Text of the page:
Victoria’s Wimmera-Mallee region is set to become Australia’s largest outdoor gallery with a Silo Art Trail stretching 200kms and linking to some of Victoria’s smallest towns. Witness the innovative art project that sees renowned street artists from Australia and across the globe transforming silos into giant works of art.
The trail brings together internationally recognised street artists – Julia Volchkova, Guido van Helten, Fintan Magee, Matt Adnate, Kaff-eine and Rone – and takes in six of Victoria’s smallest towns. Murals in Sheep Hills, Brim, Patchewollock and Rupanyup are already complete, while new works by Kaff-eine and Rone are planned for Lascelles and Rosebery.
Below are the names of each Silo Art trail:
Travel on to the small rural town of Brim and see Guido van Helten’s famous ‘Farmer Quartet’. Located on the Henty Highway and stretching out across all four of the Brim silos, this massive mural was painted in 2015 as a tribute to the drought-stricken farming community. Created in van Helten’s famous monochromatic photo-realistic style, the mural instantly became a regional landmark and provided the inspiration for The Silo Art Trail project.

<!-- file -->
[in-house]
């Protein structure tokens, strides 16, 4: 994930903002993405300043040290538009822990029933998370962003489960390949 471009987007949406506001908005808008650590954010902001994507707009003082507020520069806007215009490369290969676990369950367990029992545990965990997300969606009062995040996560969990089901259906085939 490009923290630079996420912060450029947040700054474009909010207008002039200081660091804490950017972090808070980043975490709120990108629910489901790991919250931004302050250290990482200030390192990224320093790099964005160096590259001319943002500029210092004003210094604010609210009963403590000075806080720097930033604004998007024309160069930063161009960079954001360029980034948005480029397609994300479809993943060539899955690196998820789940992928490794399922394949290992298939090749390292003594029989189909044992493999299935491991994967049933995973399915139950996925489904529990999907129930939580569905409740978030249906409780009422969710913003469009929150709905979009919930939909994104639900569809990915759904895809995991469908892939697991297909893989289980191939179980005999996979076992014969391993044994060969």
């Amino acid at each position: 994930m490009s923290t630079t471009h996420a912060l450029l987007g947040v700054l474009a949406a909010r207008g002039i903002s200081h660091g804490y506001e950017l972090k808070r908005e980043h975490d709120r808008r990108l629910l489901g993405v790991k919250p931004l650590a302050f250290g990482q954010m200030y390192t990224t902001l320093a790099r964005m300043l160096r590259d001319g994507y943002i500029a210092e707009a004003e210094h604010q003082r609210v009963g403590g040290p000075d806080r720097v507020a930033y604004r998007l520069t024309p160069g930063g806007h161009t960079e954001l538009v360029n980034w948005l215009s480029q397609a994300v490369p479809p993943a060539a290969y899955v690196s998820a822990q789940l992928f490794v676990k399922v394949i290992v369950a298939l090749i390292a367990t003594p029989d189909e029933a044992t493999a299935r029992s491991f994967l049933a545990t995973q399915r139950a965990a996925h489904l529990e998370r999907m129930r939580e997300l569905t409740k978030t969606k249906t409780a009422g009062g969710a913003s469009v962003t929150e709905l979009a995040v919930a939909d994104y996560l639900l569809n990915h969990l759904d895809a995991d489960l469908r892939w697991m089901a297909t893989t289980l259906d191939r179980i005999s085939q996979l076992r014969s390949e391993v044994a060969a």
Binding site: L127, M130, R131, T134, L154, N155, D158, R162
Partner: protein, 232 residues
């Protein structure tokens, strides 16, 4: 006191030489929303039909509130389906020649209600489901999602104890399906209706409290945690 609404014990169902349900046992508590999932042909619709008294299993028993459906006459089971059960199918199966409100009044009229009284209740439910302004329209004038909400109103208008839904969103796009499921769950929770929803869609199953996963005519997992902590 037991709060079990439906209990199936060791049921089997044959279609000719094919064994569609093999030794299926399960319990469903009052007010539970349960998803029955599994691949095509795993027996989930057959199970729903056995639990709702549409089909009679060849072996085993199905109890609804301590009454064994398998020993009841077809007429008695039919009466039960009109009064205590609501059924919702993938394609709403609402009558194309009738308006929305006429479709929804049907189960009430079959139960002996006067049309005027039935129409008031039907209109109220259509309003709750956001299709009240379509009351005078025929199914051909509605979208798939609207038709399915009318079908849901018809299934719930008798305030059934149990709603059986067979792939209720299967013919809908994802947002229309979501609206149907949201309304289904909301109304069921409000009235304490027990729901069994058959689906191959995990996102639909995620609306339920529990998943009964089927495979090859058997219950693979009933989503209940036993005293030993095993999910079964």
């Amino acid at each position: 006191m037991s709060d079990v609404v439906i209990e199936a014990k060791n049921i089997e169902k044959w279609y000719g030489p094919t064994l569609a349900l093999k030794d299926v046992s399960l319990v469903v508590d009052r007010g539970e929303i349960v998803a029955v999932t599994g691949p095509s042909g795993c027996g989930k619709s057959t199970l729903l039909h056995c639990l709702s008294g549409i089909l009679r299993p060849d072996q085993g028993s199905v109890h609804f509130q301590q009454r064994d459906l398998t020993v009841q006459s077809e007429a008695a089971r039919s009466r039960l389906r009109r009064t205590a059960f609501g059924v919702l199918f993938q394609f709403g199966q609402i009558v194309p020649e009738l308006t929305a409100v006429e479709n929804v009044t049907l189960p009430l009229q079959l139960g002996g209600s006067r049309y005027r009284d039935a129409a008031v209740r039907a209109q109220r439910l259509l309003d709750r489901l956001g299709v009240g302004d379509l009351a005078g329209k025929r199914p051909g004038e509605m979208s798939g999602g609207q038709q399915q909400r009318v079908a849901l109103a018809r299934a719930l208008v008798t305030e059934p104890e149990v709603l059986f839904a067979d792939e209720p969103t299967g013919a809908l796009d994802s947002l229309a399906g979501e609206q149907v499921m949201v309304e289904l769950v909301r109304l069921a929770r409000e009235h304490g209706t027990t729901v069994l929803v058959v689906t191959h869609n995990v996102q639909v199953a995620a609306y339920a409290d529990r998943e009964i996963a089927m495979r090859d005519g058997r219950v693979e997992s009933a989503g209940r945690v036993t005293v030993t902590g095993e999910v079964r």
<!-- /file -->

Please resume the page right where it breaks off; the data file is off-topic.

With your journey along The Silo Art Trail at Rupanyup, look up at the monochrome mural created by Russian artist Julia Volchkova on huge metal grain storage bins – a work that was inspired by the local Rupanyup Panthers Football and Netball Club. Known the world over for her moving portraits, Volchkova is actively involved in the global street art movement and her work can be found in Russia, Indonesia, Malaysia and now Australia.
Sheep Hills Silo
Stop off on your trip along at Sheep Hills and see the huge mural by Adnate – an internationally renowned artist, famous for his work with Aboriginal communities across Australia. Completed in December 2016 and spread across all six siloes, the work consists of four indigenous faces watching over the tiny community of Sheep Hills; with a starry background that has a symbolic significance to the local people.
End your journey along Victoria’s Silo Art Trail at Patchewollock – population 250 – and marvel at the work of Brisbane-based street art Fintan Magee, sometimes referred to as ‘Australia’s Banksy’. Painted over a couple of weeks in October 2016, the giant mural depicts local sheep and grain farmer, Nick ‘Noddle’ Hulland, chosen for his ‘classic farmer looks’ and his strong connection to the farming community.
More than 100 years Victoria’s towering wheat silos have defined the state’s rural landscape. Thanks to Brisbane street artist Guido Van Helten who started his famous ‘Farmer Quartet’ on the Brim silos in 2015 which then captured the imagination of the town and inspired The Silo Art Trail project.
For more information on Silo Art Trails, please visit http://www.siloarttrail.com/.